> yourself on the back count as a code review?
>

Actually, if you are *good* at what you do, then code review, whilst still
beneficial, is not nearly *that* beneficial. Things like code review (IMO
:-)) is there for the 25-50% of programmers who just plain shouldn't be in
the industry - what they generate is just absolute garbage - code review
will hopefully stop the code from getting into Unit test and beyond the
point of redemption :-).

So, if you are patting yourself on the back then just go right ahead :-)

> > For example, who uses an editor with language sensitive features i.e. it
> > generates code templates for you? Everyone acknowledges that many
initial
> > passes through a compiler (or interpretor) are aborted due to a missing
> ':'
> > or ';' - the statistics are there, so why don't we all use an editor
that
> > generates this stuff for us? Not many people (in my experience :-)) use
> such
> > a tool, but the productivity benefits are obvious.
>
> Usually the problem with these sort of tools is that it takes too much
time
> to set up and use them, and further, I suspect that the benefits are
> somewhat negated by consistently having to "hit key sequence to generate
> template, go back and edit template" versus occasionally "make a typo that
> I have to fix".  Then again, I suppose taking the time to become
proficient
> with these tools would probably make a difference, so I won't disagree.
>

You've tried the wrong ones there mate. I agree, if the tool gets in the way
then it isn't worth the effort. The one I am refering to is fairly
unobtrusive to the programmer i.e. if<fn key of your choice> generates

  if {expression}:
    {statement}...
  [elif_part]...
  [else_part]

The cursor is position within the "{expression}" placeholder automatically
and when you start typing it is automatically deleted by the editor as you
type the first character. Navigate backwards and forwards to the other
"placeholders" with a couple of other function keys and select from menu
choices when you attempt to "expand" a placeholder (such as "statement")
i.e. while, for etc etc. Don't want a placeholder (such as the "elif_part"
above) then hit another function key and the editor moves everything around
(reasonably :-)) correctly :-). Of course, you only get this with Emacs
though...... :-) But that was one of my points - select the tools with the
most productivity features or perhaps graft the features into your tool of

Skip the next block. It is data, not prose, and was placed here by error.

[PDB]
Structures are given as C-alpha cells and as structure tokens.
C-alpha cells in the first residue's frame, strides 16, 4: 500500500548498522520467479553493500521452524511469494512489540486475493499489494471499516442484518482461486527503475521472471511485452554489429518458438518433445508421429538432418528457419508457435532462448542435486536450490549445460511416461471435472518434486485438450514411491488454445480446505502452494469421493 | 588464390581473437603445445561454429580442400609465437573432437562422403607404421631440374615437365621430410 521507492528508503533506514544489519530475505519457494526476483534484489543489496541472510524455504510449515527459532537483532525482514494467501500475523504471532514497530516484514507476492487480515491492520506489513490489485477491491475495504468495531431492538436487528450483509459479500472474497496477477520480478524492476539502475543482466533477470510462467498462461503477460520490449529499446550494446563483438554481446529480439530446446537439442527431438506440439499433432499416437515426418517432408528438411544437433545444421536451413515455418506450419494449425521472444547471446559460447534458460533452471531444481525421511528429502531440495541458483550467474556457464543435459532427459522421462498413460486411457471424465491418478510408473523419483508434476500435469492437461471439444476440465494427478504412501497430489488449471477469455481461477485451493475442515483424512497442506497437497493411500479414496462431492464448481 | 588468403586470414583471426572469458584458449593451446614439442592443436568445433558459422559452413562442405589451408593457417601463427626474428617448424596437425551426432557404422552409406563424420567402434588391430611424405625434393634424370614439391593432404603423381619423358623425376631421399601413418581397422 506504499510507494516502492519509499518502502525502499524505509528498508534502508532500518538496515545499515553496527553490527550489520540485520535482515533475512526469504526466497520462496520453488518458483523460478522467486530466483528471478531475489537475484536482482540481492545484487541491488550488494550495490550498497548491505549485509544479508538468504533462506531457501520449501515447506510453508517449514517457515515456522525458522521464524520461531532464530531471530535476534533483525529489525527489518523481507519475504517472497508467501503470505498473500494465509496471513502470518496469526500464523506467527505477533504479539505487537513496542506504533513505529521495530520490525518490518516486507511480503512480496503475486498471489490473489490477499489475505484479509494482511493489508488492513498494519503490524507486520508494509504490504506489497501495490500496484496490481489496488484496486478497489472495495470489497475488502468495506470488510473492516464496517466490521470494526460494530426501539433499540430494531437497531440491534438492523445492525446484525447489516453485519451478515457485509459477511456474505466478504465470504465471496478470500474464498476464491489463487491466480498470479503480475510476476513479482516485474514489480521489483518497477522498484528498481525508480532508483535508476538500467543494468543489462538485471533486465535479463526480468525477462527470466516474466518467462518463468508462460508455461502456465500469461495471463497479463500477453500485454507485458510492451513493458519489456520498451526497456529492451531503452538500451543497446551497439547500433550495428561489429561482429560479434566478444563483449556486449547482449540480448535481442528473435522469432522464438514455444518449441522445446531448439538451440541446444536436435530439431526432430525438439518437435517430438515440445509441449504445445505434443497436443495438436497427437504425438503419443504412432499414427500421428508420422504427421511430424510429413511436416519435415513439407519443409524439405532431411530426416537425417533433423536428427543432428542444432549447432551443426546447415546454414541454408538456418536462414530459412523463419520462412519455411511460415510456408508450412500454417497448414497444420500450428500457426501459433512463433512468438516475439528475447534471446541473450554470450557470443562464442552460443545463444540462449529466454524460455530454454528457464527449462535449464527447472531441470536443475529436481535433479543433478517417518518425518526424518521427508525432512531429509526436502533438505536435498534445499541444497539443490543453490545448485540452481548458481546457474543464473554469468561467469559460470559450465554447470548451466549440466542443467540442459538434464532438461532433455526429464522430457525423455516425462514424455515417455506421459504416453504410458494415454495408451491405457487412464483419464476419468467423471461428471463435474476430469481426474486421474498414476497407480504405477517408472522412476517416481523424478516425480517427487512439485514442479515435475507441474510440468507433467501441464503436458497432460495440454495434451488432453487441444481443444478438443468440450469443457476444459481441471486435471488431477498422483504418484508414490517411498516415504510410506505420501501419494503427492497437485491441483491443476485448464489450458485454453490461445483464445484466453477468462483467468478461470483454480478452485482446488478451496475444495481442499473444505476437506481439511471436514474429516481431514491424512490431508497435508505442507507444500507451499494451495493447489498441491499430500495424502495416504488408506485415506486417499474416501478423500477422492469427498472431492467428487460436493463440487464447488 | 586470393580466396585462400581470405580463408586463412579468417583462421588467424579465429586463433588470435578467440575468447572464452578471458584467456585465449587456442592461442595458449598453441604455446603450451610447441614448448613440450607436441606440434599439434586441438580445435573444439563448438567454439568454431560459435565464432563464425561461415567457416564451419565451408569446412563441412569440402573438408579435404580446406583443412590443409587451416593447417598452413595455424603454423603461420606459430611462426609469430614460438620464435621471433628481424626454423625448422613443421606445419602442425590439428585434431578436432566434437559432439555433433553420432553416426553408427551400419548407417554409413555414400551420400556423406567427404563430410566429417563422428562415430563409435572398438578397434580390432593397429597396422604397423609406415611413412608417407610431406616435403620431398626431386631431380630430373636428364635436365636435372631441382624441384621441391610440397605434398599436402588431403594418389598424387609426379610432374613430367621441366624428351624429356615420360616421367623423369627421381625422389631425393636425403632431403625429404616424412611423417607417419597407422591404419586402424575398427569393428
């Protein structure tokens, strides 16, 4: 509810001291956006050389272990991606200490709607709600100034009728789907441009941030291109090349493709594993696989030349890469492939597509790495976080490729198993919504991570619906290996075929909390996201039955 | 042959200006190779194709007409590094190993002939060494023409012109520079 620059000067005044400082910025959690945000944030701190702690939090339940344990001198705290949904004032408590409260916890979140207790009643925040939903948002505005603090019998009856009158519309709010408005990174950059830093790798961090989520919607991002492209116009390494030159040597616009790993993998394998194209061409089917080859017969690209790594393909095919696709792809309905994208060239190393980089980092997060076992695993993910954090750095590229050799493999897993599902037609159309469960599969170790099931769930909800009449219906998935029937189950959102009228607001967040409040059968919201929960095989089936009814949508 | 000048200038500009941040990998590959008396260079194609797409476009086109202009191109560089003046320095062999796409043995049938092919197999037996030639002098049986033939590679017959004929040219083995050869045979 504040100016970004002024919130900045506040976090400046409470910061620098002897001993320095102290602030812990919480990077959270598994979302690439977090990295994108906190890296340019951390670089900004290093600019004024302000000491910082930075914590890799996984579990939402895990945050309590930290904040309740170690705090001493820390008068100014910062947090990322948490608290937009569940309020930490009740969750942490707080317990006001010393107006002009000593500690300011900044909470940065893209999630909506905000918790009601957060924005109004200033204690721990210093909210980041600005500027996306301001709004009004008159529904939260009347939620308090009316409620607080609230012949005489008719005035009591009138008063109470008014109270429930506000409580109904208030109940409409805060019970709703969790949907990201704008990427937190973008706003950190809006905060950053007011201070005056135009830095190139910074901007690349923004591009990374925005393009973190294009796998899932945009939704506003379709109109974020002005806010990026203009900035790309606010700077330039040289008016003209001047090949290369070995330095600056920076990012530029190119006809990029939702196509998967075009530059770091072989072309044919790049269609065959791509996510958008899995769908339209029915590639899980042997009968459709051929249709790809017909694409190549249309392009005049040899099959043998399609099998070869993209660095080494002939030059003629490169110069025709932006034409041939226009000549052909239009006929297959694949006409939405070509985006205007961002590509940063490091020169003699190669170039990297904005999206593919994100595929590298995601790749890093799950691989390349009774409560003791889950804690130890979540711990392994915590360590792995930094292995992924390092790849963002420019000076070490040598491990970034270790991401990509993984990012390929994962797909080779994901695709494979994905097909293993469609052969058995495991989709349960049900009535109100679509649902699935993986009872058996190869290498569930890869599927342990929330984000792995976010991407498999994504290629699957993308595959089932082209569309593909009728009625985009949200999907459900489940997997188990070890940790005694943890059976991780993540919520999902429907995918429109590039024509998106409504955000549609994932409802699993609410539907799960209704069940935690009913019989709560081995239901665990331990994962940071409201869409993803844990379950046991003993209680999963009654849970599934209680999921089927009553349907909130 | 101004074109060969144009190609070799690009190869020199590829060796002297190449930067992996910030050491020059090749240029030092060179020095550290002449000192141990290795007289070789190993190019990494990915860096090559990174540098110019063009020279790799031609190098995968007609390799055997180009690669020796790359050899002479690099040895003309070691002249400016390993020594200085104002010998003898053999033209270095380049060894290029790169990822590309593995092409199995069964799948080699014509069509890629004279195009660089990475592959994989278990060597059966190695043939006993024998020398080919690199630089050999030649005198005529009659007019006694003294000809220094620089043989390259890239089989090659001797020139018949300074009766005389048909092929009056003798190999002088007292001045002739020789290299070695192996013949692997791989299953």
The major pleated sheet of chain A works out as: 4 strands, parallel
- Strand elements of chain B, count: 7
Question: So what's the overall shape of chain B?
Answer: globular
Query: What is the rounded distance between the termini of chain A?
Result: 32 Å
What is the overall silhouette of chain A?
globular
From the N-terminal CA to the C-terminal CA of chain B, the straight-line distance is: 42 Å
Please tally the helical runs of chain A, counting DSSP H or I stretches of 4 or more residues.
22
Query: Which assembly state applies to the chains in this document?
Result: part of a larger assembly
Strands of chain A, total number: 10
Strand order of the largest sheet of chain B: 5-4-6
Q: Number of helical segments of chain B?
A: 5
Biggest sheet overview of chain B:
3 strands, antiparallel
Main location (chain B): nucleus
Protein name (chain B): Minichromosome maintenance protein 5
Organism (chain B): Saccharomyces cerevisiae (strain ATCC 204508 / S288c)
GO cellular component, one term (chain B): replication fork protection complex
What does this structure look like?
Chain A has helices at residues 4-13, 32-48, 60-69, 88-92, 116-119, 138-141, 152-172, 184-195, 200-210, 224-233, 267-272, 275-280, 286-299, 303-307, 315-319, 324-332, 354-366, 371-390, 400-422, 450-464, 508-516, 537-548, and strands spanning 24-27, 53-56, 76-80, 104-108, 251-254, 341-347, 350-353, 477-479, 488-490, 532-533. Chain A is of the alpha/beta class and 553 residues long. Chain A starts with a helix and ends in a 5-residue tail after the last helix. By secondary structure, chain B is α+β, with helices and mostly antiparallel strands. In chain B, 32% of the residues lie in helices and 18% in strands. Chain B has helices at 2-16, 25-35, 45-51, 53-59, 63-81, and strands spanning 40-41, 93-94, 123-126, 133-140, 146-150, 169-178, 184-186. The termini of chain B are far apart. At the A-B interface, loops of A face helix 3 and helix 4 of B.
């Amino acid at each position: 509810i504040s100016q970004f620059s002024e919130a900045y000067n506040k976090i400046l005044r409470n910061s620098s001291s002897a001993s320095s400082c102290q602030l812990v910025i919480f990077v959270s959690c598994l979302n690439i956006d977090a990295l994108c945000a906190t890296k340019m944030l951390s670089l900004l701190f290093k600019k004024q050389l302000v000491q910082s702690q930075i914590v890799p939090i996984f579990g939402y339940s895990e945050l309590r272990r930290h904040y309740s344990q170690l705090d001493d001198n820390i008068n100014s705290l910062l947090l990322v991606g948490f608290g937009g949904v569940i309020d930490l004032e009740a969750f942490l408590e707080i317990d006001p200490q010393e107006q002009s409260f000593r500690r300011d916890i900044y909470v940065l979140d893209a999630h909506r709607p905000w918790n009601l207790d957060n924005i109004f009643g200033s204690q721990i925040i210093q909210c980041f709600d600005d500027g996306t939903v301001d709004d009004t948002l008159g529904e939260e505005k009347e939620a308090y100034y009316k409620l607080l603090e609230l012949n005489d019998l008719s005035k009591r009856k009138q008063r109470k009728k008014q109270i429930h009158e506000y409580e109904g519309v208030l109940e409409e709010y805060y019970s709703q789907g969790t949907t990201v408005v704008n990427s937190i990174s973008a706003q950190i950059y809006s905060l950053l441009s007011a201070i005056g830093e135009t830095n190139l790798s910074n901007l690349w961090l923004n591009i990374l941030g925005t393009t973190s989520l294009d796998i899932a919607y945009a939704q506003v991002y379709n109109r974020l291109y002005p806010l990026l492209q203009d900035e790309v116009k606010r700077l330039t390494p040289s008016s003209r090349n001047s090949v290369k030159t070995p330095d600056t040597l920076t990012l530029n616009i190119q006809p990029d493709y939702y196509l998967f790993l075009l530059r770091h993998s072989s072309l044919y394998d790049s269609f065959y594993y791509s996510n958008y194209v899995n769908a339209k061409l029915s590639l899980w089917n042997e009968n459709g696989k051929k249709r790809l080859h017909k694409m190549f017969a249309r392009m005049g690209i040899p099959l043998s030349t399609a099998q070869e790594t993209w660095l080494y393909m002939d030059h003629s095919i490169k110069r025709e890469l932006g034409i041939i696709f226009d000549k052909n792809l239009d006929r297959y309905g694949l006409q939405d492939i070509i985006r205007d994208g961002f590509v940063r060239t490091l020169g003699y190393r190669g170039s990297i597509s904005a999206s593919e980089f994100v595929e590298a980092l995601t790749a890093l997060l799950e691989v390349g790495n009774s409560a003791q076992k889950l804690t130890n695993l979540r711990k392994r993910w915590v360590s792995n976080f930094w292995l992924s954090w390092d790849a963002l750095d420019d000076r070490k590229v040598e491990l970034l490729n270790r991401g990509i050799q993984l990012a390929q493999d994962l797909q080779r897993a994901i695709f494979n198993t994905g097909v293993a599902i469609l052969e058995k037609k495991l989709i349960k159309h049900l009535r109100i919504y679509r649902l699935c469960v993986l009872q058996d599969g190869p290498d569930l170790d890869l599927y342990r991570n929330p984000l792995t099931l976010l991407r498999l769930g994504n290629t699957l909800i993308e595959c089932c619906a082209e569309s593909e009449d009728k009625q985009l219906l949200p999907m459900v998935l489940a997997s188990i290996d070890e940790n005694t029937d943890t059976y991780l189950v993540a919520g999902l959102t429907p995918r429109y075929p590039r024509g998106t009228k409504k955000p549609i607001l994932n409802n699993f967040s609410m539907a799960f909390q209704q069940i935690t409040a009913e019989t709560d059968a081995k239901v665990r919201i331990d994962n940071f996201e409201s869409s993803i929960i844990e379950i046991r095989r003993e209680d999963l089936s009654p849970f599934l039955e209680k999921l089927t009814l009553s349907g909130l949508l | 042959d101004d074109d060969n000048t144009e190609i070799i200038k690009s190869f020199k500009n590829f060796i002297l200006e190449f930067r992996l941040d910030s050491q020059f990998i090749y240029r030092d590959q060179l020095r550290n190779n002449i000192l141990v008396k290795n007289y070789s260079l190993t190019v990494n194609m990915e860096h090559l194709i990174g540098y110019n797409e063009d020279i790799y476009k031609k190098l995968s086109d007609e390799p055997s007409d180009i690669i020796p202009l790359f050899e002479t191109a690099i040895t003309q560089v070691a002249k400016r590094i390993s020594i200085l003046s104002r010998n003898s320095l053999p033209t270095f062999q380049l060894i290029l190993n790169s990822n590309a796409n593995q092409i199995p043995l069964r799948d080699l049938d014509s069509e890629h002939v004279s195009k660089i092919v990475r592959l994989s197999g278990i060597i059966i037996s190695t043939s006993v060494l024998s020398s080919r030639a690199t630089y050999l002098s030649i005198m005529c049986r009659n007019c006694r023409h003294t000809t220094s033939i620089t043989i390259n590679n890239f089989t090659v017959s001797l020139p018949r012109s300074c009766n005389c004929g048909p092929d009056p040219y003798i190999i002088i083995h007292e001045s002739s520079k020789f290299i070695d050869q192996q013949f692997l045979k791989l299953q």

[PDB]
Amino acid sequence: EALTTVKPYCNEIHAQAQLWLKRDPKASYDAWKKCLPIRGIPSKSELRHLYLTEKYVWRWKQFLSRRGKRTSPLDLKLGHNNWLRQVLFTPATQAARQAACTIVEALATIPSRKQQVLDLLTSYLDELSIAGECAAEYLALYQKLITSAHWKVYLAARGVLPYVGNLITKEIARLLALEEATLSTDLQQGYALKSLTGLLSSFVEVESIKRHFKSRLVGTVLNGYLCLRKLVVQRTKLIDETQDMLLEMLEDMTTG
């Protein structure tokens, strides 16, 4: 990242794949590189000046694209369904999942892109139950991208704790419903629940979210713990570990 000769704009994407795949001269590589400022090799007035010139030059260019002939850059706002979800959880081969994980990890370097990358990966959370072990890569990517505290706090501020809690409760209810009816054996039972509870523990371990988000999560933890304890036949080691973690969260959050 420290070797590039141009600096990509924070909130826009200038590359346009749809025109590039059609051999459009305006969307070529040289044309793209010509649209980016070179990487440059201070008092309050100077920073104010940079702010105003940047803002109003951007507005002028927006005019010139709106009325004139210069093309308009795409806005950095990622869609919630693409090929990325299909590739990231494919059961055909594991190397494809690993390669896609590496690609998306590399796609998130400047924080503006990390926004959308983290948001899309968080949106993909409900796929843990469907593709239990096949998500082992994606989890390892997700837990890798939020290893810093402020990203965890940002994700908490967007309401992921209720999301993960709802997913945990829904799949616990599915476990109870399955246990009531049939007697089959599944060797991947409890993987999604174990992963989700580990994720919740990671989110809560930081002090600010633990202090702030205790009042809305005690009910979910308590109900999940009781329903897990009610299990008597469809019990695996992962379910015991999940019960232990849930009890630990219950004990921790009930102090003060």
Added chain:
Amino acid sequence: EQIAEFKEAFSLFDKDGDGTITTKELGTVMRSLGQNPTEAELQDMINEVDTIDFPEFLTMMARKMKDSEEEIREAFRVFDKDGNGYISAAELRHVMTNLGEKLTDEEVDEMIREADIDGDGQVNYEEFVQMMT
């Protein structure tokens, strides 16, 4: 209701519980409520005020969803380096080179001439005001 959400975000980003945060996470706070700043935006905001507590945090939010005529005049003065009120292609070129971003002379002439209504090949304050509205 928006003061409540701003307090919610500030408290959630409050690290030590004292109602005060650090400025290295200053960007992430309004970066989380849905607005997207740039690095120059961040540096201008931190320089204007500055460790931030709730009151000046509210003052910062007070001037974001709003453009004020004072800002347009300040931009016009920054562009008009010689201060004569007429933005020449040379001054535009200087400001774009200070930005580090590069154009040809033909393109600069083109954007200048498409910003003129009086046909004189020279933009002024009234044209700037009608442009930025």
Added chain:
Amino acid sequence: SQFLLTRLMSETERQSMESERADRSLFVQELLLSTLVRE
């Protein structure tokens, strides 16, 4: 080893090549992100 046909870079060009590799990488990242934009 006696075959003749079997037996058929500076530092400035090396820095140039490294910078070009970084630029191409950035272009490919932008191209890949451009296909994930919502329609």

choice :-).

I mean, you have a good point about familiarity etc but assuming a "level
playing field" in that area, the programmer *should* be better off with the
tool that offers the most features. I view programming tools just like any
other trade i.e. use the one best fitted for the job. Many programmers take
the approach of "well, I'm good with a hammer, so that's what I'll use with
this job" - even when the job requires the use of a jigsaw! :-) I know this
is a far fetched analogy but not too far off the mark :-).

> > So, I'll remain at one of my earlier statements to this newsgroup :-),
> the
> > software industry is not a profession, it is a cottage industry and
looks
> to
> > remain that way for some considerable time :-).
>
> No doubt the terms "engineer" and "science" are stretched to their limits
> in this field.  "Art" seems more appropriate, although I've seen some code
> that would defy that categorization as well.  I seem to recall a study
that
> showed that language skills were a better indicator of an individual's
> potential to become proficient in programming than mathematics or
> engineering skills, so perhaps that's not surprising.
>

Agreed with the "Art" - many programmers give one the impression that they
perceive themselves as a Prima Donna of the software industry :-) Ask
someone to look at their code (as in code review) and they look offended -
like you'd just asked for their first born or something :-) A severe lack of
comprehension is the general response - "You want to look at *my* code? What
one earth for! It's perfect (by definition)" :-).

Peter